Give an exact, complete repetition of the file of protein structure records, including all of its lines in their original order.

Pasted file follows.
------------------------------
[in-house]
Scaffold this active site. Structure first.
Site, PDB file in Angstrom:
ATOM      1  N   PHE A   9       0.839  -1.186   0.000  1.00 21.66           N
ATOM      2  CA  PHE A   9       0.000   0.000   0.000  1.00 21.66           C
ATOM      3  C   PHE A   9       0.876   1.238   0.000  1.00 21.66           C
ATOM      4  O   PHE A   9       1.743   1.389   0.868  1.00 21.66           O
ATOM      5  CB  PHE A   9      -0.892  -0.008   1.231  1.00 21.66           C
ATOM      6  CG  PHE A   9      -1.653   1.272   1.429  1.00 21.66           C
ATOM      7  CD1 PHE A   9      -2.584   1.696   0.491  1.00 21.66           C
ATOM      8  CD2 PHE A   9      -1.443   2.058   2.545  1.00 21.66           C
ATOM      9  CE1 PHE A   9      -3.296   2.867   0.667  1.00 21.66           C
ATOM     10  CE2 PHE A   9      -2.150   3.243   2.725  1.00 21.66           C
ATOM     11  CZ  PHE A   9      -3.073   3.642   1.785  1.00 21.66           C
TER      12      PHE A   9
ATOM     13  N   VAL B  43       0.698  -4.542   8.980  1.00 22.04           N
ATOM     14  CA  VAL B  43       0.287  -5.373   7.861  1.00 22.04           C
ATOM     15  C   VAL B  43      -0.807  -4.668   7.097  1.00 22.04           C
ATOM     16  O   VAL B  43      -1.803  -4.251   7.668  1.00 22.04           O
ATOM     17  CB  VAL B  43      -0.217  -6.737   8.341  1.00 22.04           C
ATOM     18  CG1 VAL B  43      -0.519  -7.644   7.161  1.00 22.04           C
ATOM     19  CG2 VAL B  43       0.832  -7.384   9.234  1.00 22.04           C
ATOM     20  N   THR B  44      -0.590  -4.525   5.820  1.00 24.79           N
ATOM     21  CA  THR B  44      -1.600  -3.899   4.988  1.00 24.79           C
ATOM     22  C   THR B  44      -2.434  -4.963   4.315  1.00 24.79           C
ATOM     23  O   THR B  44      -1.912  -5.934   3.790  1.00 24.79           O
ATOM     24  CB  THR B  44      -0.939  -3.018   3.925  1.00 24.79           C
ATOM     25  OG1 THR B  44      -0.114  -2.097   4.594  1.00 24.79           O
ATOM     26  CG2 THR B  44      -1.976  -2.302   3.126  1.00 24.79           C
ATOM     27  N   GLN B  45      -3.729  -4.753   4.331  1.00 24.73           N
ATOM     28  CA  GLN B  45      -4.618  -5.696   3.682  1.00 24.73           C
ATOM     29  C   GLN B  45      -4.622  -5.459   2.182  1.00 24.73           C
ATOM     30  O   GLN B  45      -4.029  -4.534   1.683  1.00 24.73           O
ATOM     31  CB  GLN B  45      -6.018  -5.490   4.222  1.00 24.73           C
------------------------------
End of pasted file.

[in-house]
Scaffold this active site. Structure first.
Site, PDB file in Angstrom:
ATOM      1  N   PHE A   9       0.839  -1.186   0.000  1.00 21.66           N
ATOM      2  CA  PHE A   9       0.000   0.000   0.000  1.00 21.66           C
ATOM      3  C   PHE A   9       0.876   1.238   0.000  1.00 21.66           C
ATOM      4  O   PHE A   9       1.743   1.389   0.868  1.00 21.66           O
ATOM      5  CB  PHE A   9      -0.892  -0.008   1.231  1.00 21.66           C
ATOM      6  CG  PHE A   9      -1.653   1.272   1.429  1.00 21.66           C
ATOM      7  CD1 PHE A   9      -2.584   1.696   0.491  1.00 21.66           C
ATOM      8  CD2 PHE A   9      -1.443   2.058   2.545  1.00 21.66           C
ATOM      9  CE1 PHE A   9      -3.296   2.867   0.667  1.00 21.66           C
ATOM     10  CE2 PHE A   9      -2.150   3.243   2.725  1.00 21.66           C
ATOM     11  CZ  PHE A   9      -3.073   3.642   1.785  1.00 21.66           C
TER      12      PHE A   9
ATOM     13  N   VAL B  43       0.698  -4.542   8.980  1.00 22.04           N
ATOM     14  CA  VAL B  43       0.287  -5.373   7.861  1.00 22.04           C
ATOM     15  C   VAL B  43      -0.807  -4.668   7.097  1.00 22.04           C
ATOM     16  O   VAL B  43      -1.803  -4.251   7.668  1.00 22.04           O
ATOM     17  CB  VAL B  43      -0.217  -6.737   8.341  1.00 22.04           C
ATOM     18  CG1 VAL B  43      -0.519  -7.644   7.161  1.00 22.04           C
ATOM     19  CG2 VAL B  43       0.832  -7.384   9.234  1.00 22.04           C
ATOM     20  N   THR B  44      -0.590  -4.525   5.820  1.00 24.79           N
ATOM     21  CA  THR B  44      -1.600  -3.899   4.988  1.00 24.79           C
ATOM     22  C   THR B  44      -2.434  -4.963   4.315  1.00 24.79           C
ATOM     23  O   THR B  44      -1.912  -5.934   3.790  1.00 24.79           O
ATOM     24  CB  THR B  44      -0.939  -3.018   3.925  1.00 24.79           C
ATOM     25  OG1 THR B  44      -0.114  -2.097   4.594  1.00 24.79           O
ATOM     26  CG2 THR B  44      -1.976  -2.302   3.126  1.00 24.79           C
ATOM     27  N   GLN B  45      -3.729  -4.753   4.331  1.00 24.73           N
ATOM     28  CA  GLN B  45      -4.618  -5.696   3.682  1.00 24.73           C
ATOM     29  C   GLN B  45      -4.622  -5.459   2.182  1.00 24.73           C
ATOM     30  O   GLN B  45      -4.029  -4.534   1.683  1.00 24.73           O
ATOM     31  CB  GLN B  45      -6.018  -5.490   4.222  1.00 24.73           C